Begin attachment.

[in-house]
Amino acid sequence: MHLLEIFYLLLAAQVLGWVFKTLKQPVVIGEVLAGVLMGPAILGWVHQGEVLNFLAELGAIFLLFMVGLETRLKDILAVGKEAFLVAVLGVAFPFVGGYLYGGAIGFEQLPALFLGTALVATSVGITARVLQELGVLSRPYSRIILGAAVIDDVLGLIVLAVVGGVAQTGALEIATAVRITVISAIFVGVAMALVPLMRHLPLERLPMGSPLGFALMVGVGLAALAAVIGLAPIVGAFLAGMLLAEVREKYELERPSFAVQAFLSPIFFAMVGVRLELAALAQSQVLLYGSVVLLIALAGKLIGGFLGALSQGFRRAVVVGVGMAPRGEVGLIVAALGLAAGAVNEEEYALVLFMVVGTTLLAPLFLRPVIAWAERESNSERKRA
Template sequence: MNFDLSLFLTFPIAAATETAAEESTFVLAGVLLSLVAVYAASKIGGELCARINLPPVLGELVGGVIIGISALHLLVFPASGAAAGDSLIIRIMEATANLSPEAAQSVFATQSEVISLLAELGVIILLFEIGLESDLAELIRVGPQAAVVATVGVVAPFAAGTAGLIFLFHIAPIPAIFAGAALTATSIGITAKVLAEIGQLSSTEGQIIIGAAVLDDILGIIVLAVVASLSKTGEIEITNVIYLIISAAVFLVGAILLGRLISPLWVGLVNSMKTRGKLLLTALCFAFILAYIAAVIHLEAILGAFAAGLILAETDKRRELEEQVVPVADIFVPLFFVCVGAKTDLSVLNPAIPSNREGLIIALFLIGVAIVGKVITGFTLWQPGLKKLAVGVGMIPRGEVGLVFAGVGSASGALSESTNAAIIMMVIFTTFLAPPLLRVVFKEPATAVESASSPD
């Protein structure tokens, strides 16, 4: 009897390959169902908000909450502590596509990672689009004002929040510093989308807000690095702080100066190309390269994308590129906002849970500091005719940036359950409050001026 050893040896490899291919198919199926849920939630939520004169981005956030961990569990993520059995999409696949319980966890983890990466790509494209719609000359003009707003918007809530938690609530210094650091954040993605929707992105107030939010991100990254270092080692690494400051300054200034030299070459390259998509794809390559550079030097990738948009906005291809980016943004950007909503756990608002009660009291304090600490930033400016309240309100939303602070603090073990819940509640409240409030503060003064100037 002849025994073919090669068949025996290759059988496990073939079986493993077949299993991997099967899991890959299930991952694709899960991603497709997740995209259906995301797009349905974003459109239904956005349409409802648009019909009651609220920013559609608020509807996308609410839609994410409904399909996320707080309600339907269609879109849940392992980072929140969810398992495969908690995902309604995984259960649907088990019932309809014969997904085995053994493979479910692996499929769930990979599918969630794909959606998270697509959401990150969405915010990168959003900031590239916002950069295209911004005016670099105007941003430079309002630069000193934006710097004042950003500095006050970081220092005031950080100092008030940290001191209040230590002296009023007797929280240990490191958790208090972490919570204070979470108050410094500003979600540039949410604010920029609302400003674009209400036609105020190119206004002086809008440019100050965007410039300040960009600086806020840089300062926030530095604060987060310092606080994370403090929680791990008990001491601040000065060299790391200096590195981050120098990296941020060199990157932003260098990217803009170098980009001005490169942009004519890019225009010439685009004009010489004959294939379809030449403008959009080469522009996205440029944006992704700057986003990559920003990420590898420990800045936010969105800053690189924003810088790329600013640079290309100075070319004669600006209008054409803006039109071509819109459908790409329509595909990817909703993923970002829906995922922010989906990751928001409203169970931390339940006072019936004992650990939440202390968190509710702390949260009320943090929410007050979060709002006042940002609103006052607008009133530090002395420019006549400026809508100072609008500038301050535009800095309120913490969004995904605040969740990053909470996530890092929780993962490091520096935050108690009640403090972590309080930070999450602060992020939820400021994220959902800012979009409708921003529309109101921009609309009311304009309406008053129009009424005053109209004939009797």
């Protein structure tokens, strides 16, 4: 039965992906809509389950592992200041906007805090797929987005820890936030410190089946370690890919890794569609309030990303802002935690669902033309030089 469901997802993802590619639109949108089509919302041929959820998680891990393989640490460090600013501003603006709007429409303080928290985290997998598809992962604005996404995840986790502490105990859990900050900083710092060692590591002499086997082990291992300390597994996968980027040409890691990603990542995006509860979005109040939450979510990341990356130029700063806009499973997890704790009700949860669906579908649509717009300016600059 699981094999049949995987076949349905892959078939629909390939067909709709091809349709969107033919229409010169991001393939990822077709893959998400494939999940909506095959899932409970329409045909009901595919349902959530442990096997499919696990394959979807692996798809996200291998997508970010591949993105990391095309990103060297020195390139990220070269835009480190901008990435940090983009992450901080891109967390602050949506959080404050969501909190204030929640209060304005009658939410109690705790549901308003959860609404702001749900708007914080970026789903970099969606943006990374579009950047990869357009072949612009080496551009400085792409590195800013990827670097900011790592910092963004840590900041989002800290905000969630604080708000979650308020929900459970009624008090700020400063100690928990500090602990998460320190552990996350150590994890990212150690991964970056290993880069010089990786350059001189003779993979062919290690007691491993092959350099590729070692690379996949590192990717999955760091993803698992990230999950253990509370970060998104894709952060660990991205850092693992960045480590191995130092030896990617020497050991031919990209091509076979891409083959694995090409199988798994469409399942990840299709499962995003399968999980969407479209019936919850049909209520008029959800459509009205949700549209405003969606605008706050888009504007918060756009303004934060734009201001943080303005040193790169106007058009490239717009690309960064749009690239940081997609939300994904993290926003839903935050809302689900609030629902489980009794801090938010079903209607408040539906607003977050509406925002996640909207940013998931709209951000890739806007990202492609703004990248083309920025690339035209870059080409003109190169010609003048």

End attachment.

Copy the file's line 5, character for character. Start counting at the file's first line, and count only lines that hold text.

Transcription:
């Protein structure tokens, strides 16, 4: 039965992906809509389950592992200041906007805090797929987005820890936030410190089946370690890919890794569609309030990303802002935690669902033309030089 469901997802993802590619639109949108089509919302041929959820998680891990393989640490460090600013501003603006709007429409303080928290985290997998598809992962604005996404995840986790502490105990859990900050900083710092060692590591002499086997082990291992300390597994996968980027040409890691990603990542995006509860979005109040939450979510990341990356130029700063806009499973997890704790009700949860669906579908649509717009300016600059 699981094999049949995987076949349905892959078939629909390939067909709709091809349709969107033919229409010169991001393939990822077709893959998400494939999940909506095959899932409970329409045909009901595919349902959530442990096997499919696990394959979807692996798809996200291998997508970010591949993105990391095309990103060297020195390139990220070269835009480190901008990435940090983009992450901080891109967390602050949506959080404050969501909190204030929640209060304005009658939410109690705790549901308003959860609404702001749900708007914080970026789903970099969606943006990374579009950047990869357009072949612009080496551009400085792409590195800013990827670097900011790592910092963004840590900041989002800290905000969630604080708000979650308020929900459970009624008090700020400063100690928990500090602990998460320190552990996350150590994890990212150690991964970056290993880069010089990786350059001189003779993979062919290690007691491993092959350099590729070692690379996949590192990717999955760091993803698992990230999950253990509370970060998104894709952060660990991205850092693992960045480590191995130092030896990617020497050991031919990209091509076979891409083959694995090409199988798994469409399942990840299709499962995003399968999980969407479209019936919850049909209520008029959800459509009205949700549209405003969606605008706050888009504007918060756009303004934060734009201001943080303005040193790169106007058009490239717009690309960064749009690239940081997609939300994904993290926003839903935050809302689900609030629902489980009794801090938010079903209607408040539906607003977050509406925002996640909207940013998931709209951000890739806007990202492609703004990248083309920025690339035209870059080409003109190169010609003048």